Nichols: LPGA should modify Q-School rules to help amateurs avoid painful middle ground

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Nichols: LPGA should modify Q-School rules to help amateurs avoid painful middle ground

LPGA Tour

Nichols: LPGA should modify Q-School rules to help amateurs avoid painful middle ground

Editor’s note: This column originally appeared in the Dec. 11 digital edition of Golfweek Magazine.

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DAYTONA BEACH, Fla. – Maddie McCrary walked out of the scoring tent at LPGA International and into her mother’s arms. The Oklahoma State senior needed to birdie the 90th hole of LPGA Q-School to have a chance at earning a full card for 2018 via a playoff, but instead three-putted for bogey. An LPGA rules official immediately informed a teary McCrary that she must turn professional to accept conditional status. She had until play concluded – three more groups – to make a decision.

For the next 30 minutes, McCrary agonized with her parents and swing coach about leaving Oklahoma State a semester early, taking every last second the LPGA allowed.

“Are you emotionally ready for that?” her mother, Angie, asked of moving back home to Texas and likely starting her career in Australia, her first trip overseas.

McCrary did not look like a player whose lifetime dream had just come true when she spoke with the media. Instead, she looked heartbroken. One of four seniors on a team that finished the fall season ranked ninth, McCrary gave up the opportunity to compete for a national championship on Oklahoma State’s home course next May.

“I just had to decide what I want to do with the rest of my life,” said McCrary, her eyes still wet with tears.

There has to be a better way.

As the LPGA overhauls the final stage of Q-School in ’18, now is the perfect time to put an end to on-the-spot decision-making for amateurs. Officials are in talks about allowing amateurs to defer their LPGA membership until the college season ends.

That system already is in place on the Symetra Tour. Top-ranked amateur Leona Maguire took that route. The Duke senior stopped after two stages of Q-School, shoring up enough status to play a full schedule on the developmental tour after NCAAs.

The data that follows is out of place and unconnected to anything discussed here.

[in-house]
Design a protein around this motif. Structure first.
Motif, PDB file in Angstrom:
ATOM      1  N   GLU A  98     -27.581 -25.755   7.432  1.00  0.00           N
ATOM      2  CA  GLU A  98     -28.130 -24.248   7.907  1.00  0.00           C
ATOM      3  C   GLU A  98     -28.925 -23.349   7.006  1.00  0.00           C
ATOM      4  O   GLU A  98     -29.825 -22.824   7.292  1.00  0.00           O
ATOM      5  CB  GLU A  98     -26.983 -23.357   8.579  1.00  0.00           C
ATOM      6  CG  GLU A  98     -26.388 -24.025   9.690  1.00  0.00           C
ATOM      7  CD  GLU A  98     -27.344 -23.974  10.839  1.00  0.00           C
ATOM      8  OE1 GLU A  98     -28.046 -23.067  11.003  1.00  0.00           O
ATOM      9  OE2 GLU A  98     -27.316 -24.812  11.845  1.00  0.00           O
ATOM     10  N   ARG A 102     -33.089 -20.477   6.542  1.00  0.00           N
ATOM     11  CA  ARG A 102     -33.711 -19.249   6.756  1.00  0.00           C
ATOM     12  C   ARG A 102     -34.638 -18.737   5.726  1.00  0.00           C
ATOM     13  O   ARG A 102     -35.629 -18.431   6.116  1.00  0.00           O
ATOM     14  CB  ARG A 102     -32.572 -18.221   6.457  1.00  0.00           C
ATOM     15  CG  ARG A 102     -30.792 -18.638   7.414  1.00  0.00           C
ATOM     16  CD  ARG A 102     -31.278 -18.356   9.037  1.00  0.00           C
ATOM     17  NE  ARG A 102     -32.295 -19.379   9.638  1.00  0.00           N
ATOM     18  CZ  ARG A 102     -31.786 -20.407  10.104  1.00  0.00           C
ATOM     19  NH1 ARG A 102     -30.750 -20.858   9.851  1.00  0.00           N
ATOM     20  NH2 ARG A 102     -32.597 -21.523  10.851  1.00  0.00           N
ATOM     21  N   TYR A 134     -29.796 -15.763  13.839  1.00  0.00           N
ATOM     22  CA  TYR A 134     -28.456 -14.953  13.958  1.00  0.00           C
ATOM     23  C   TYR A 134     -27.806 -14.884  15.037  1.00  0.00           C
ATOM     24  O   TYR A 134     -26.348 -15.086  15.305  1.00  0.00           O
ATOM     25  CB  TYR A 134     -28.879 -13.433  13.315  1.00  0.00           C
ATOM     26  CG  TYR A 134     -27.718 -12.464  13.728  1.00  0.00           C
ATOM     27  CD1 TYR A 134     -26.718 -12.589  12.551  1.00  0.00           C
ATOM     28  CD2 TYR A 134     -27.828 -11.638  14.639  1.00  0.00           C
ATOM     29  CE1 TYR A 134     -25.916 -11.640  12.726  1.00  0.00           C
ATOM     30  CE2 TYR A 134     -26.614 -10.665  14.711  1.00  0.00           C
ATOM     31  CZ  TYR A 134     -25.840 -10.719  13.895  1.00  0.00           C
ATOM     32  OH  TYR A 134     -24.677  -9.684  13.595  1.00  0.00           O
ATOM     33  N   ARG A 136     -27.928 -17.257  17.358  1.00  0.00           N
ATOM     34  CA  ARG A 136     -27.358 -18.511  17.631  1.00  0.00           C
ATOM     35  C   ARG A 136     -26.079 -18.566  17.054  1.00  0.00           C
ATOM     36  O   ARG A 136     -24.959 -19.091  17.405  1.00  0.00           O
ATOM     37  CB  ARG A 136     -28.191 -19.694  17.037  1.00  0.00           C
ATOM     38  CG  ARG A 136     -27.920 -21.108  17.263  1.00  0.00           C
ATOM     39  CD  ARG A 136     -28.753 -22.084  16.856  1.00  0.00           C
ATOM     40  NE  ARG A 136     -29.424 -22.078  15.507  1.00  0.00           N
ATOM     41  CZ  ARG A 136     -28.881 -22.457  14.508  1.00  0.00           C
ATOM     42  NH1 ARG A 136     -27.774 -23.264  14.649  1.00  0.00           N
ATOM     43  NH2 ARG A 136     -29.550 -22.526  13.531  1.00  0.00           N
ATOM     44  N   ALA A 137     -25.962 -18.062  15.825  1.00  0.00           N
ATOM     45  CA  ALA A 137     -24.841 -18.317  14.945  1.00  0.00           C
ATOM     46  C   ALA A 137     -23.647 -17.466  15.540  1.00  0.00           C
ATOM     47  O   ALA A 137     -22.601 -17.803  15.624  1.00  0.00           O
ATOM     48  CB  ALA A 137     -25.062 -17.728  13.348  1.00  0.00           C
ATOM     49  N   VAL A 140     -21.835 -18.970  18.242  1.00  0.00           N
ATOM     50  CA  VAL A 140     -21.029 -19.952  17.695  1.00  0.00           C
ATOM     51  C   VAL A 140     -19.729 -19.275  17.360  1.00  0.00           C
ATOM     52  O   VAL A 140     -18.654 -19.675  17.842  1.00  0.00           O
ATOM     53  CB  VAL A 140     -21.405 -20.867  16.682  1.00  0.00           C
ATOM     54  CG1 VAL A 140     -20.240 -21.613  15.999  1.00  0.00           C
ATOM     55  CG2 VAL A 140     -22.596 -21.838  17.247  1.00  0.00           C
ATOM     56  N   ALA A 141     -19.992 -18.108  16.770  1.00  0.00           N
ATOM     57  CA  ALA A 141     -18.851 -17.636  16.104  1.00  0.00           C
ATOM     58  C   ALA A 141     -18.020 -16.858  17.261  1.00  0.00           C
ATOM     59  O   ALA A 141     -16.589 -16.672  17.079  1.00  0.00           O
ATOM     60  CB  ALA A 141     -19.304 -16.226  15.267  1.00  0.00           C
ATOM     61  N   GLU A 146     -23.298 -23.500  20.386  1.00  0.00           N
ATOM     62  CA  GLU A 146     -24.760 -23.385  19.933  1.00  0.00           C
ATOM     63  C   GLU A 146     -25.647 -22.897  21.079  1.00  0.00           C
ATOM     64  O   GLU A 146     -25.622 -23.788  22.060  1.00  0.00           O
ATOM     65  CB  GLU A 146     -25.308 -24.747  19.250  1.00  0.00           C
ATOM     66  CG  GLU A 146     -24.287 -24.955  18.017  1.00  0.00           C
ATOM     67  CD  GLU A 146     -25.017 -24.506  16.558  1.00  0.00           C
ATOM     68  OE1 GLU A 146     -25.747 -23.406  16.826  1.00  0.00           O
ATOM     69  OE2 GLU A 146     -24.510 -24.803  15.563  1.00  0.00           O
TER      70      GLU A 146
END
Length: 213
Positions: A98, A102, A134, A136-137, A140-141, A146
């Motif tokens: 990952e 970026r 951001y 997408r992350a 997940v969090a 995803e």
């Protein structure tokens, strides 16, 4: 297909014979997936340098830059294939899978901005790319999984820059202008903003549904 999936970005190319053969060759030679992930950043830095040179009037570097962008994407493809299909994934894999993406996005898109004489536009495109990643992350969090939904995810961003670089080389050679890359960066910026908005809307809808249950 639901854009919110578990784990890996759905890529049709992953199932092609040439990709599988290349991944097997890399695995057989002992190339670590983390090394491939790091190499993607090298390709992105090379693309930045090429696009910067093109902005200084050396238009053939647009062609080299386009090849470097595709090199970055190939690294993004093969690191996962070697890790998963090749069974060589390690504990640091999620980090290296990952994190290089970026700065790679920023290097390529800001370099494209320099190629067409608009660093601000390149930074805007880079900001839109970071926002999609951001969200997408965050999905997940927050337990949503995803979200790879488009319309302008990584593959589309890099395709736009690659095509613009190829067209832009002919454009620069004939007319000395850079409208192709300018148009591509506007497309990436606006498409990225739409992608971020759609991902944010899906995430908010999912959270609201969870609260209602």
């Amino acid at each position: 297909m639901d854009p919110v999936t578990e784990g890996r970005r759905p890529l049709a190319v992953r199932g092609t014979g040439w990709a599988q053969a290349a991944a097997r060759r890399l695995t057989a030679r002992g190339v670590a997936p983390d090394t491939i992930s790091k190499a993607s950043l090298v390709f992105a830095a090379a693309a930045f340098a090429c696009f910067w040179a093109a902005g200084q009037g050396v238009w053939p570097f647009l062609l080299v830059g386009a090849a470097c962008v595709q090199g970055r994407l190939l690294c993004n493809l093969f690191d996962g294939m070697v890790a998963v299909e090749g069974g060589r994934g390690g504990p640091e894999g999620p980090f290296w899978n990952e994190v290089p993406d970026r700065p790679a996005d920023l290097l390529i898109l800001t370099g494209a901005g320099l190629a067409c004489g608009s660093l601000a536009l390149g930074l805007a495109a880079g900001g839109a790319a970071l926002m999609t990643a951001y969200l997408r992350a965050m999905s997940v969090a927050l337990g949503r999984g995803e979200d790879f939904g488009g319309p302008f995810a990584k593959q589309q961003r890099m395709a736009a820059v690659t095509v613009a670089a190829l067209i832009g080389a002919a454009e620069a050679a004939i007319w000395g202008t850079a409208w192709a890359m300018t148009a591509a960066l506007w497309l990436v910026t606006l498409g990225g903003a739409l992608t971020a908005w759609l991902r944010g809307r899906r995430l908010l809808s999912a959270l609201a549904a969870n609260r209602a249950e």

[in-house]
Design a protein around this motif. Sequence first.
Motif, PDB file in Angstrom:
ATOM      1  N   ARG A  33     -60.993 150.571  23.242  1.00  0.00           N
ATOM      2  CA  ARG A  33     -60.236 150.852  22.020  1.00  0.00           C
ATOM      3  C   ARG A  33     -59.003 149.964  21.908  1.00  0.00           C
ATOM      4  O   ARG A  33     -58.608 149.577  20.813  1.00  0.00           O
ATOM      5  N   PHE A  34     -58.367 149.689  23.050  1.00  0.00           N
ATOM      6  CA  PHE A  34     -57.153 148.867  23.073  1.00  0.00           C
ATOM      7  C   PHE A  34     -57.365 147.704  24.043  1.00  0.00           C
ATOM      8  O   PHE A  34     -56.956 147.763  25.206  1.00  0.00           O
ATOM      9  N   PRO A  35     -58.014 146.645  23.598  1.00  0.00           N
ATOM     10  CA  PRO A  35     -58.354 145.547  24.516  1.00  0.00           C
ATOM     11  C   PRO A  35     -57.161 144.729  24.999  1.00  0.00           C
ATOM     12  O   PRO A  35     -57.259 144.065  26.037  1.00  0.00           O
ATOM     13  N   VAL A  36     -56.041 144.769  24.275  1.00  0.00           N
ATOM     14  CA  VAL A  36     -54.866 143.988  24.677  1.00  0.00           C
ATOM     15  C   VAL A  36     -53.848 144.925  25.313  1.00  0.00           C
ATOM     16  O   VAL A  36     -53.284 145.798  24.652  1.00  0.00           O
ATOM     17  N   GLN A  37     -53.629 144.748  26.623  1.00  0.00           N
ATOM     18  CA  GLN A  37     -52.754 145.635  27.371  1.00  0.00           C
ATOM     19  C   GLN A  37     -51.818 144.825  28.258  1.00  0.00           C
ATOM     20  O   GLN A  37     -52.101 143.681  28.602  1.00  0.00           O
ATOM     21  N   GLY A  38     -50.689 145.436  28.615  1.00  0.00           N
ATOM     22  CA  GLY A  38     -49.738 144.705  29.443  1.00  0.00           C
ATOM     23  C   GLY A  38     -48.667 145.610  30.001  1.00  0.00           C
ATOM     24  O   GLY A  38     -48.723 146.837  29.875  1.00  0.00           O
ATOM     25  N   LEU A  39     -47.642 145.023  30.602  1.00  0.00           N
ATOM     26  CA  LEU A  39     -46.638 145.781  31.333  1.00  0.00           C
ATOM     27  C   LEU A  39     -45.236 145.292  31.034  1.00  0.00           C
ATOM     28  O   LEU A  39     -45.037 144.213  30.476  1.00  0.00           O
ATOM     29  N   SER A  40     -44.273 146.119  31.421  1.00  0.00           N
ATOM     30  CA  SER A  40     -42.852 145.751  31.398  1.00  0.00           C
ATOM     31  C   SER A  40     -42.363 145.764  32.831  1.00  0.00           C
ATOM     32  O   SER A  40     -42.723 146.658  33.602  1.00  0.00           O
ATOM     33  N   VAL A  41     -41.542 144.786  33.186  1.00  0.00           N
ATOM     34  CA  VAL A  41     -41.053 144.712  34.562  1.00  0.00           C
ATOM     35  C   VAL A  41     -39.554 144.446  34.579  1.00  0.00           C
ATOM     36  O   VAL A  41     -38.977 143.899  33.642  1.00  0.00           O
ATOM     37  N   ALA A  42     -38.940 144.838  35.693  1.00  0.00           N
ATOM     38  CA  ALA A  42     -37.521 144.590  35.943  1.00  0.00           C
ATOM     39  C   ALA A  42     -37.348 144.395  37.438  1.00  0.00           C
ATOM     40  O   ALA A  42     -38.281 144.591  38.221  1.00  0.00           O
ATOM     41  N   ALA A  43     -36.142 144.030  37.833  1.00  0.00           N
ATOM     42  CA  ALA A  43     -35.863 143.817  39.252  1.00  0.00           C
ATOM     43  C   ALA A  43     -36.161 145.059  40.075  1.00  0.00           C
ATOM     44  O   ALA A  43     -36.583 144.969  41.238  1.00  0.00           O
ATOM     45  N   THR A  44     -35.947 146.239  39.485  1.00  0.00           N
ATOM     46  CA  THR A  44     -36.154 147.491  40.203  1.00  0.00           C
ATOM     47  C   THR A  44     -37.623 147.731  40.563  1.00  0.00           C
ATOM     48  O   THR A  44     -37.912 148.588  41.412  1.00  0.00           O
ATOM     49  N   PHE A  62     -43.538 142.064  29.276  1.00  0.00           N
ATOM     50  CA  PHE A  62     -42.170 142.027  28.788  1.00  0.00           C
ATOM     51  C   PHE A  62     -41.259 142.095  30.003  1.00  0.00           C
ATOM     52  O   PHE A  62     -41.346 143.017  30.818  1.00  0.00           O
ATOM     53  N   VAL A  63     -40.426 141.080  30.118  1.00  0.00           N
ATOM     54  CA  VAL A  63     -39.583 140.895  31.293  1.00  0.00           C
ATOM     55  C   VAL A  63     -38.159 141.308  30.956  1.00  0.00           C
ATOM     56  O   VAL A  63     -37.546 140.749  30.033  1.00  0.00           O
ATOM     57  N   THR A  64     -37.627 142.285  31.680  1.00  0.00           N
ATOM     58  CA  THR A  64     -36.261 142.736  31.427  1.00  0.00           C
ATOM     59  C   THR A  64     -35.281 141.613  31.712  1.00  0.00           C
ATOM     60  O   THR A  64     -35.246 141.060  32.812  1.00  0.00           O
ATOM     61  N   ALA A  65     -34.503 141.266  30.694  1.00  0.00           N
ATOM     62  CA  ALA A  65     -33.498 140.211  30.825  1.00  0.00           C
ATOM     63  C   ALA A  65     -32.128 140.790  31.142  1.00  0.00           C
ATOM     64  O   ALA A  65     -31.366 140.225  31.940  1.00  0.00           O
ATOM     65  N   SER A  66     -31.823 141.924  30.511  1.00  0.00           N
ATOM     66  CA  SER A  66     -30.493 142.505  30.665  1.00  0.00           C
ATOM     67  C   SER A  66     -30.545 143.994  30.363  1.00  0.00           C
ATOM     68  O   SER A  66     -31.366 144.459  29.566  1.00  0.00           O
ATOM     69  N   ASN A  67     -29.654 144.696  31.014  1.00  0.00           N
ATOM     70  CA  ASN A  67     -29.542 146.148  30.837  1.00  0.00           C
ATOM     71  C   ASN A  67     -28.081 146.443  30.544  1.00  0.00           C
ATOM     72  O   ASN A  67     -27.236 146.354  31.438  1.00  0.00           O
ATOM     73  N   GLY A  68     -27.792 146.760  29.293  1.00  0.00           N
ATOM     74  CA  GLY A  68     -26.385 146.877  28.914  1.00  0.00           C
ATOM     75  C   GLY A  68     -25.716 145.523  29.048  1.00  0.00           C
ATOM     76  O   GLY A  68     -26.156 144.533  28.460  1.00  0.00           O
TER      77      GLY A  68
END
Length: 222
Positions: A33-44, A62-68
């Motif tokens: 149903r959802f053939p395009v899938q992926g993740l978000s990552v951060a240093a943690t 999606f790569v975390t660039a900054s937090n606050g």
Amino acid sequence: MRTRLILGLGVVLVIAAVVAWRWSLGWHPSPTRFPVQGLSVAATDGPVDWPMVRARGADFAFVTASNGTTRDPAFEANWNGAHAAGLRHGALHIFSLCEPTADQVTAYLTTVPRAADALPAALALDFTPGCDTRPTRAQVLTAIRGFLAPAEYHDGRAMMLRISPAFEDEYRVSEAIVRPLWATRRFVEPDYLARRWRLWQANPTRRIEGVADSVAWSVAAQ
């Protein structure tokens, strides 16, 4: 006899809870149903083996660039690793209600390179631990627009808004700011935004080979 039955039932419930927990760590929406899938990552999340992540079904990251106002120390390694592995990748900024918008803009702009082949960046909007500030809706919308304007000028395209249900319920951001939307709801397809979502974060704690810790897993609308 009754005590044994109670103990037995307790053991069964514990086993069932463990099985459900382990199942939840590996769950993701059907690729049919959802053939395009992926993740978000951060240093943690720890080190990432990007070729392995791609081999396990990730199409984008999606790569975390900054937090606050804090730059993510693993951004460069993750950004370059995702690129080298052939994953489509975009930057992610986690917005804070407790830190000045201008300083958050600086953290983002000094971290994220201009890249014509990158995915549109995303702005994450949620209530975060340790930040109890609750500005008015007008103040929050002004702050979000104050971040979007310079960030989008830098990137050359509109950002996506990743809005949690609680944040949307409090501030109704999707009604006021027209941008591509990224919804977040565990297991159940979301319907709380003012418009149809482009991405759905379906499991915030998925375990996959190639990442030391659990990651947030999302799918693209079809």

The LPGA’s new final stage, known as the Q Series, will take place in late October and feature eight rounds over two courses with cumulative scores. While it still will be possible for a player to start in Stage I and advance through all three stages, making it past Stage II will be substantially more difficult. That should deter some college players from rolling the dice with Q-School before they’re ready. In 2013, 59 amateurs competed in Stage I. This year: 82.

There’s a new carrot on the Q Series stick, however, that could prove irresistible to the game’s elite. The top five from the Golfweek/Sagarin College Rankings at the end of the spring season will be exempt into October’s Q Series. A fast-pass through the first two stages might be something the stars of tomorrow can’t ignore.

At the end of the fall season, only one senior, Texas’ Sophia Schubert, was ranked in the top five. So while the total number of college players entering Q-School early might go down under the new system, the number of underclassmen who earn their cards might actually rise.

LPGA officials, like college coaches, should be interested in the long-term health of their players. They ultimately should want women who come to the big stage to be informed, capable and ready.

Allowing players to defer LPGA membership is a step in the right direction. It’s unreasonable, however, to expect anyone who has earned full status to actually defer.

The best thing for all parties involved is to ban amateurs from the Q Series.

“College golf should not be a back-up plan,” said USC coach Andrea Gaston, who had two players in the final stage. Both turned professional: Junior Robynn Ree earned her full card while sophomore Muni He missed the cut and will compete next season on the Symetra Tour.

If players knew they had to turn professional to compete in the new Q Series, most would think harder about walking away from a college scholarship.

Really, what’s the rush?

Seniors could still compete in the first two stages and earn enough Symetra status to have a place to play after graduation. There are plenty of examples of players who have come out midway into the Symetra season and earned their card. South Carolina’s Katelyn Dambaugh did it in 2017.

Success in college does not always translate to success at the next level. But a solid collegiate resume that includes valuable air-time on Golf Channel at NCAAs could go a long way toward securing hard-to-come-by sponsorships. McCrary could’ve made a name for herself in May in Stillwater, Okla. Now she’s simply one of 30 rookies trying to cobble together enough money to get started at her new job.

“We have a little tucked away,” said Angie, who along with her husband works as an elementary physical education teacher.

The harsh reality of women’s golf is that the vast majority of players who make it on the LPGA won’t earn enough money to retire when they quit the tour. They’ll need to keep working.

If everyone truly has the best interest of the players at heart, then set up a system that allows players to make a clean break from one chapter before starting the next. Deferring until June is not the answer.

“Once you get a tour card,” said Gaston, “the first thing you have to do is figure out how to keep it.”

Create a system that rewards commitment. The world could use a little more of it.

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